While the love for Jagger and Keith Richards is plainly and often stated, here and elsewhere, along with Charlie Watts’ unerring rhythm (he’s locked in with bassist Darryl Jones without fail throughout the show), a special note should be made for Ronnie Wood. So often victimized for simply not being Mick Taylor, Wood is in top form and tears it up here. Healthy and in high spirits, he trades licks with Clark, shows his versatility on the acoustic numbers and he lays down an especially nasty solo during “Midnight Rambler.”
And the funniest moment by far occurs during that song. The band sounds mean, with Keith’s riff chugging and Jagger’s harmonica wailing. Jagger even throws in bits of Jimmy Reed’s “Little Rain” into the jam. But, just before the “You heard about the Boston?” breakdown, Richards slams into the return riff too early. Video evidence shows Jagger looking back confused and Richards quickly halting and, the rascal he can be, breaking out a laugh after realizing the gaff, all before falling back into place. But I appreciated it more than another picture-perfect performance. The loose, ragged feel of the band is one of the charms that keeps their show human, from getting just too slick and glossy. It’s a huge production and an enormous business, but sometimes they’re still just a gang up there, cutting loose and having fun.
I spend a lot of nights up late now, waiting for the puppy to wake up and use the front yard as his bathroom one more time, typically some time between midnight and 2 a.m., before curling back up on his bed, only to wake up again around 6 a.m. to restart the entire process of eating, playing with his toys, using the bathroom, napping, on and on.
I need something to accompany that final night shift. Sometimes it’s music and a book, sometimes its one of the many streaming options that have been leaned on and exhausted during this ordeal. One title that comes up far more frequently than the others has been Keith Richards: Under the Influence on Netflix. I can’t say how many times I’ve watched it now, but like Sticky Fingers or Beggar’s Banquet or all these bootlegs, it’s offered the same kind of comforting presence, a familiar blanket I can toss on.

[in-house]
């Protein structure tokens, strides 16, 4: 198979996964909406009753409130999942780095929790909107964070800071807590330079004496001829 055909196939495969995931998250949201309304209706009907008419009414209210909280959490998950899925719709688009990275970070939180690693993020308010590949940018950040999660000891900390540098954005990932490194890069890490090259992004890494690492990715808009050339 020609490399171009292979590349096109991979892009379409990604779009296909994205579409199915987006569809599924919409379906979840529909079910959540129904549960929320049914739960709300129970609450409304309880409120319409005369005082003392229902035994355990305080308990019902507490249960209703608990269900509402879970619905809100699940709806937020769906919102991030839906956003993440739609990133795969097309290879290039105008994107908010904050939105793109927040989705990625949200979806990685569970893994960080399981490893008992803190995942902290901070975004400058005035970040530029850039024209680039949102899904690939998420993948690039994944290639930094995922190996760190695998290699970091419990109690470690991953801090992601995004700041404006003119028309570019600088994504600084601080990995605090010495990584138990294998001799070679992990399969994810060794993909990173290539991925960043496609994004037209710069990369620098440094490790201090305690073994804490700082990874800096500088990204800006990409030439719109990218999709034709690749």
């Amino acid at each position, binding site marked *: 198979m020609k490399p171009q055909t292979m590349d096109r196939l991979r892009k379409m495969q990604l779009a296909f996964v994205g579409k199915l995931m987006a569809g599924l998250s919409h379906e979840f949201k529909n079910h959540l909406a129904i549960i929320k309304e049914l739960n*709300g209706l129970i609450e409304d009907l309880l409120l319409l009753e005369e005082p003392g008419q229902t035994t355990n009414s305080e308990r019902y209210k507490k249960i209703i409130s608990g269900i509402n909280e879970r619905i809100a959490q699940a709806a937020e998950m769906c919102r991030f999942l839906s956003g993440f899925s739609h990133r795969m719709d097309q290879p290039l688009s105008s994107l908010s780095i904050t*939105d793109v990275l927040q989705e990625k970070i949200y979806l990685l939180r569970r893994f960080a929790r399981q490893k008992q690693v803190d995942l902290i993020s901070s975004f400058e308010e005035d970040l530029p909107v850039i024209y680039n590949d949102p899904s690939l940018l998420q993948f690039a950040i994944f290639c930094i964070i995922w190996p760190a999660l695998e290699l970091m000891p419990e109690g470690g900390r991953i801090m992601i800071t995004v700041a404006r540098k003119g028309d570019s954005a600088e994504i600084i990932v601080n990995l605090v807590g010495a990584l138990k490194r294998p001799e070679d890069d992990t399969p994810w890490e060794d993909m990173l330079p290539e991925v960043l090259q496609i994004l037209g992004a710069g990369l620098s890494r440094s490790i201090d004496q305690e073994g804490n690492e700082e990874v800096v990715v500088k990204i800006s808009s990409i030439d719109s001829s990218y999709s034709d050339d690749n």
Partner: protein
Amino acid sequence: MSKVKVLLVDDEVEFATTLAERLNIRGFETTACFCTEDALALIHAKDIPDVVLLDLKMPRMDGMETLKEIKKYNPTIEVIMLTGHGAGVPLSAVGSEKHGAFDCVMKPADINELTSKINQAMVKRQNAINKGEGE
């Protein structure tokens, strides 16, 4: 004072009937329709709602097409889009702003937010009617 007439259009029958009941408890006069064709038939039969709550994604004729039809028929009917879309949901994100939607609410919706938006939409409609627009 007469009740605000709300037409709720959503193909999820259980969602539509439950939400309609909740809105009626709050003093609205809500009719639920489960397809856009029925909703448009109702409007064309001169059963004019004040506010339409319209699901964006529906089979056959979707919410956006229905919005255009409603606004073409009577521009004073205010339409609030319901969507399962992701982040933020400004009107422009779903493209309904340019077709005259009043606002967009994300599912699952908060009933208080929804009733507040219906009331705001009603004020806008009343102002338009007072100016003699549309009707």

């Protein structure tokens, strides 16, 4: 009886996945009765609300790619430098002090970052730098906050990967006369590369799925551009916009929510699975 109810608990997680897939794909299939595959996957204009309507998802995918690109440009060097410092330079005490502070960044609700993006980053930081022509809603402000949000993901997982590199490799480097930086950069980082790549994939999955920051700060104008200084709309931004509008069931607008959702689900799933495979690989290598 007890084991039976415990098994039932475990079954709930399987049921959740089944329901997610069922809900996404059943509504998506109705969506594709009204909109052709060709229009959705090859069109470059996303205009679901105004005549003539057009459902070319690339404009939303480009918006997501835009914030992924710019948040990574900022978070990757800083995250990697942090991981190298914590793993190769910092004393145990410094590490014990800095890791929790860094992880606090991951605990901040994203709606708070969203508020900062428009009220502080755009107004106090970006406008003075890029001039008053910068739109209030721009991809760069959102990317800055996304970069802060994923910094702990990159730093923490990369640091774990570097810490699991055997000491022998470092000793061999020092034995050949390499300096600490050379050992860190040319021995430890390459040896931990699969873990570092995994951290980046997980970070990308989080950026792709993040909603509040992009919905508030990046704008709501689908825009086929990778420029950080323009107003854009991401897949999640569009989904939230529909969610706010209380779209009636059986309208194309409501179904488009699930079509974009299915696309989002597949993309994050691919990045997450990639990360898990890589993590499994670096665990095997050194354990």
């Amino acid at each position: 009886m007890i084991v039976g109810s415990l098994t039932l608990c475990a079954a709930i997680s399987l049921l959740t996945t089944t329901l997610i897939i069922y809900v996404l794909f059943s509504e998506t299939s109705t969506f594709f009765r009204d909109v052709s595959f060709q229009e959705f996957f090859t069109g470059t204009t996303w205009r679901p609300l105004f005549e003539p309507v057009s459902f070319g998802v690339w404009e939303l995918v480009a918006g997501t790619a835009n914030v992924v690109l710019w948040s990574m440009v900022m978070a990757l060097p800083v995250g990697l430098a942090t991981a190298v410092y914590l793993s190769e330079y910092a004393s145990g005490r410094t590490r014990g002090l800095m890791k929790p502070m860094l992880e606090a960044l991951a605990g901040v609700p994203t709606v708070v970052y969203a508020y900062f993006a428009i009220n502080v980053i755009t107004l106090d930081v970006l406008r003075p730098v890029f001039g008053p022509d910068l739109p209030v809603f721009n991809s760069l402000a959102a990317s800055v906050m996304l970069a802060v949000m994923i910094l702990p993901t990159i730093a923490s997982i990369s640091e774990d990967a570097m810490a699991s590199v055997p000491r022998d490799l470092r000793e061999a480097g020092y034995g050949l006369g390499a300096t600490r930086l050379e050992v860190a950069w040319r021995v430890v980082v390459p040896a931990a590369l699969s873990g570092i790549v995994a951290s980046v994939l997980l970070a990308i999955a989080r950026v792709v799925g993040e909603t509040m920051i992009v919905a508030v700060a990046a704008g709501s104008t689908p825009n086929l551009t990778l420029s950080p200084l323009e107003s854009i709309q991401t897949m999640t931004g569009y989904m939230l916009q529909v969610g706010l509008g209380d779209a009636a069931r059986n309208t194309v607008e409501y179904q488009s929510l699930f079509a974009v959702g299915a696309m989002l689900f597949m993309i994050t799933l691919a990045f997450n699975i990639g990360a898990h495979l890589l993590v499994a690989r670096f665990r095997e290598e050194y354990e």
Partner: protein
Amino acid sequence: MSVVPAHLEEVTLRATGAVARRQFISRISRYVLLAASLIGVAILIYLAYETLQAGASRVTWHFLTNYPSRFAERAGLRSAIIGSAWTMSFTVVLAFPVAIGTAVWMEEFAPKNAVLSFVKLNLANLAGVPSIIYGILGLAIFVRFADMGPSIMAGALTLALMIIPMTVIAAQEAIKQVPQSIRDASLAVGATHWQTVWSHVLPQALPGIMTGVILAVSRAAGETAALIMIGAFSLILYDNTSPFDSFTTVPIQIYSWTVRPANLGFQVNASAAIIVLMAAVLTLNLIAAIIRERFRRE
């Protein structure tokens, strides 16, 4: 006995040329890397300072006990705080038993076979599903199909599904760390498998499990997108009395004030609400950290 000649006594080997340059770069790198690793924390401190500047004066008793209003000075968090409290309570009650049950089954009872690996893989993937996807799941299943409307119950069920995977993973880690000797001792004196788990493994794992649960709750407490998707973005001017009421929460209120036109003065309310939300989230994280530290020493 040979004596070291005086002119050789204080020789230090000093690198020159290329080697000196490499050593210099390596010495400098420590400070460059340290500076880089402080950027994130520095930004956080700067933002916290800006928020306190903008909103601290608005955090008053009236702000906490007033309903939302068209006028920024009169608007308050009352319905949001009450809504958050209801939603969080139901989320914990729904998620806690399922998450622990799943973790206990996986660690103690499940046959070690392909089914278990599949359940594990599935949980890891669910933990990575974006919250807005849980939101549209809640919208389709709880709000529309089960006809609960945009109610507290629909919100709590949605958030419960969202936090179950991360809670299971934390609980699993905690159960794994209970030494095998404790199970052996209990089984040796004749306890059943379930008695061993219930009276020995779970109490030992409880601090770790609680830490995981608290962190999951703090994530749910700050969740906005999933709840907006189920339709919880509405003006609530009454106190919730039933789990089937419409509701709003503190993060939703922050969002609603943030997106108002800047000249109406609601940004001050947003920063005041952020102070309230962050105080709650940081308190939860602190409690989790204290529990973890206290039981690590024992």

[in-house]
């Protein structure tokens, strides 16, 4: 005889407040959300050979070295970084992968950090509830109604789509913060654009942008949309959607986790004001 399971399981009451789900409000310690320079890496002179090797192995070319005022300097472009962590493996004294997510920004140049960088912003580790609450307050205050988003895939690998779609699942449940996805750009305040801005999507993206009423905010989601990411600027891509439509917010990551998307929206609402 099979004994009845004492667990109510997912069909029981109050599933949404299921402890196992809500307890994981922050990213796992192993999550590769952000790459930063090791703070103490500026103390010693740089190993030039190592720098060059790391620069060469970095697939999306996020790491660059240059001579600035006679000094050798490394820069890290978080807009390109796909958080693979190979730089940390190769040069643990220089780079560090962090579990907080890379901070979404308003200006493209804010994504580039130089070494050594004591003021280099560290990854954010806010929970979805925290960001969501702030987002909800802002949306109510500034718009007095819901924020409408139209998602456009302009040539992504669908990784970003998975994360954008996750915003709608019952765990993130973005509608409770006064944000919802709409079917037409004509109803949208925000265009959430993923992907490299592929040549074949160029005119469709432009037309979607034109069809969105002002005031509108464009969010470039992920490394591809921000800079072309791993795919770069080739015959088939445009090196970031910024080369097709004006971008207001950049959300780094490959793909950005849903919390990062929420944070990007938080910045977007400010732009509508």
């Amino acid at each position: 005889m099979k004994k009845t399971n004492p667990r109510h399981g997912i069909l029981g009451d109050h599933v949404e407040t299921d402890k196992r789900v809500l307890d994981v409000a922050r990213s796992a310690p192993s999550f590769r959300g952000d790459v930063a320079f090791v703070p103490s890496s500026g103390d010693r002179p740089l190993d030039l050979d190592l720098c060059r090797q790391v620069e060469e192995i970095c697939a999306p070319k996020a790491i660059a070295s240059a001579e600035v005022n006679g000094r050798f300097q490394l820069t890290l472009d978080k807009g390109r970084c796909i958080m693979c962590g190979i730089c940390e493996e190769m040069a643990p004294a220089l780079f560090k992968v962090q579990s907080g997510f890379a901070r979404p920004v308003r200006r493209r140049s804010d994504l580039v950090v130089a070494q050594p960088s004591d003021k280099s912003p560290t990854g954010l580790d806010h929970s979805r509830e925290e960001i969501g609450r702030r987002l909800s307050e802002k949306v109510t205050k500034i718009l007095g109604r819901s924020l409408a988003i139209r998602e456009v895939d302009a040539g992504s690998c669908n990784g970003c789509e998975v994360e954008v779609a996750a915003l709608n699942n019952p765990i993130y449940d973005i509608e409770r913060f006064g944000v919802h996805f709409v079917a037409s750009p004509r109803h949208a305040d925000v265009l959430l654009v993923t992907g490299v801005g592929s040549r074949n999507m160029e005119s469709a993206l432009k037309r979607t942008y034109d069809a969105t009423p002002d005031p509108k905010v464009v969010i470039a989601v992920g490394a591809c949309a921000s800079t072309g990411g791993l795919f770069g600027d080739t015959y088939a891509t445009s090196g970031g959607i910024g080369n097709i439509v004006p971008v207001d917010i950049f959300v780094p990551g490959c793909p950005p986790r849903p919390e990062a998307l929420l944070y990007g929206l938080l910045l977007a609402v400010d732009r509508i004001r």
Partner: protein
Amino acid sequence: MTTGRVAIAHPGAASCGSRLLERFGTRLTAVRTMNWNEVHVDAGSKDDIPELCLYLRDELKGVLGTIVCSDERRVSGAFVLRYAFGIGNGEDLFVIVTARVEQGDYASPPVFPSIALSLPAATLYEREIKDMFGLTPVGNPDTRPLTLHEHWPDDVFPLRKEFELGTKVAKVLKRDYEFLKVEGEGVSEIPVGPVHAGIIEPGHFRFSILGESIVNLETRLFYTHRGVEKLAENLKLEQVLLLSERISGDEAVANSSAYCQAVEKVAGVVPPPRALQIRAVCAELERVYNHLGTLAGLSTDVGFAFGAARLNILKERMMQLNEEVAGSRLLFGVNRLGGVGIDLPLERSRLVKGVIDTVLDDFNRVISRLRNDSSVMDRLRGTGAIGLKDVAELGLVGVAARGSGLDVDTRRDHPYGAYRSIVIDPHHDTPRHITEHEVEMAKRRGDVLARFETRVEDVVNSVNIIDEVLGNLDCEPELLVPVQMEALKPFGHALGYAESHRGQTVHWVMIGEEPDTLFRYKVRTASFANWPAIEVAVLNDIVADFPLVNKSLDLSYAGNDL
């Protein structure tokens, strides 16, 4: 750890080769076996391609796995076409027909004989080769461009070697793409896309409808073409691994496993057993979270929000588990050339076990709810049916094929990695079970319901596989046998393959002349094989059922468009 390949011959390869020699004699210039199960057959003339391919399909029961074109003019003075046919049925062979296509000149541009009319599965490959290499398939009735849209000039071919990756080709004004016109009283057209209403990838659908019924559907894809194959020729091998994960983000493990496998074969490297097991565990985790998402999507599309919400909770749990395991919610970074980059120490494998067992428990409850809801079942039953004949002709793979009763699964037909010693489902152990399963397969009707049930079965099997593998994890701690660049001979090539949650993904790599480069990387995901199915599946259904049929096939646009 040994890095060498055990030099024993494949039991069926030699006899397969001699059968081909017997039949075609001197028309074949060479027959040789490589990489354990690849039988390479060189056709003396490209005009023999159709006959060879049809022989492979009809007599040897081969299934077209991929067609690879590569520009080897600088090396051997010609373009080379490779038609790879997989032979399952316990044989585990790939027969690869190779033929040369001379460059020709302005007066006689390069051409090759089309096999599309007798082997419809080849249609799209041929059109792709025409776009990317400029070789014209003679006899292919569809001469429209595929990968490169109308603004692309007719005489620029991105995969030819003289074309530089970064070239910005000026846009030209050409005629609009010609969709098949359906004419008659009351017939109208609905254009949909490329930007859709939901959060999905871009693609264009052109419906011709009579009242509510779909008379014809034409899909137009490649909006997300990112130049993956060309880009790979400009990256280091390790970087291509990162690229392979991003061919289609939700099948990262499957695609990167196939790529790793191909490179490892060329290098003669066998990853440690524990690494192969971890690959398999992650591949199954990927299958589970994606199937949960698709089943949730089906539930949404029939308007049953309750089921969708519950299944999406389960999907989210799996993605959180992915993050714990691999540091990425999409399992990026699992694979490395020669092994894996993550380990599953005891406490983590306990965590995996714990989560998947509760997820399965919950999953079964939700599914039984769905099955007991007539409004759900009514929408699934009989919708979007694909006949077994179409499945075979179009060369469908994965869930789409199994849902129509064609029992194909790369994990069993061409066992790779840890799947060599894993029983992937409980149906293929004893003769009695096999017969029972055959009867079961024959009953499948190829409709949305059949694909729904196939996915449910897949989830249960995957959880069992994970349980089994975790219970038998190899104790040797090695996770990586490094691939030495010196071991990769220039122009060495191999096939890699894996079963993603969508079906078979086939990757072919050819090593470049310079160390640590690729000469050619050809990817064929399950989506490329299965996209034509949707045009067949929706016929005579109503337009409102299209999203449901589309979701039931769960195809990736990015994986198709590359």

I think I avoided listening to the Stones specifically on the day of this show, but it wasn’t long before I was back into that groove — the Mick Taylor years, Ronnie, live shows, acoustic demos, all the stuff I’ve meditated on for hours in an effort to better understand what’s happening and to simply listen to it all again because, on the right day, nothing really hits harder or sounds better.
There’s a lot of time to fill these days, and along with that, the familiar seems to accompany that space more ably. In absence of the in-person experience, lean on what’s been there, I suppose. So I watch the same documentary on repeat. I strum the same songs on the guitar. I listen to the same albums and jumble them up into different mixes and playlists. And I hunt down bootlegs for shows I saw and shows I missed.
I wasn’t there that night, but I’m here tonight. And thanks to some stealth recordings, I have the music with me. The dog is asleep, work waits in the morning, I have right now to listen. It makes for a pretty good night of music.
July 13, 2020
Email Nick Tavares at firstname.lastname@example.org